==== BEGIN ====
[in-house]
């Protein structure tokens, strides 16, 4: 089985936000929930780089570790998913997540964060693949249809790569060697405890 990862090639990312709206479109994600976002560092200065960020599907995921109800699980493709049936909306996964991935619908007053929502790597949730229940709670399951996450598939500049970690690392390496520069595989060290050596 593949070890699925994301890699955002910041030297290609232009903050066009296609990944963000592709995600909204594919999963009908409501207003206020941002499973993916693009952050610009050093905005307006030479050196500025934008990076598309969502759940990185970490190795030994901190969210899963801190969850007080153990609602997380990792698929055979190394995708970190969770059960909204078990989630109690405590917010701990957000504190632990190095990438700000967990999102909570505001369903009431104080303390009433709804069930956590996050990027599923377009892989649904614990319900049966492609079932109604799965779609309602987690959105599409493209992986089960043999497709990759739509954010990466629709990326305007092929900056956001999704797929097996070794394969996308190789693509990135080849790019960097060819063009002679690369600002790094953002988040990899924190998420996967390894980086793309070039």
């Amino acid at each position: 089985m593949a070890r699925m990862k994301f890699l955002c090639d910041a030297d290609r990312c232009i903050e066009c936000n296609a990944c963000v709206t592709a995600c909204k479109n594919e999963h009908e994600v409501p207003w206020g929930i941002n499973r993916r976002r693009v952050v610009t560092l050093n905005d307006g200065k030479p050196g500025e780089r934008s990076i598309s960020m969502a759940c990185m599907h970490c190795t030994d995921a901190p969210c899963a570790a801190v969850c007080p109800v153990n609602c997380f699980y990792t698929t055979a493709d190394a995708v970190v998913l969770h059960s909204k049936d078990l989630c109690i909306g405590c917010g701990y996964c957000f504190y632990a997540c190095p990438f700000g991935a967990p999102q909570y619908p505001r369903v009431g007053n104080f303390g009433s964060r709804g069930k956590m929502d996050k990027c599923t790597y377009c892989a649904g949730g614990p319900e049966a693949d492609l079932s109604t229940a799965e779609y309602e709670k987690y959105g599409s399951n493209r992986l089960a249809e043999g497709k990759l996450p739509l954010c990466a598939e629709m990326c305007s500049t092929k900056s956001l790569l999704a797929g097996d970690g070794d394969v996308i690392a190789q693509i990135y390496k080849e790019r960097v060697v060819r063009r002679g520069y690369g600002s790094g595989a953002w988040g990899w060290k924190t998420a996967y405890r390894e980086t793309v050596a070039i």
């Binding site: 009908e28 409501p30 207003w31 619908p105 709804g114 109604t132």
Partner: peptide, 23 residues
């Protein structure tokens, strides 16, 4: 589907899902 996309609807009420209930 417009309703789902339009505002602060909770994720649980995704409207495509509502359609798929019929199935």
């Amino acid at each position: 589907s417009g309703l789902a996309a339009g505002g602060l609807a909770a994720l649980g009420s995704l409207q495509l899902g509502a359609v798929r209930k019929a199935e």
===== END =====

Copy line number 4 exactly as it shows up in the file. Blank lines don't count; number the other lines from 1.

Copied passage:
């Binding site: 009908e28 409501p30 207003w31 619908p105 709804g114 109604t132």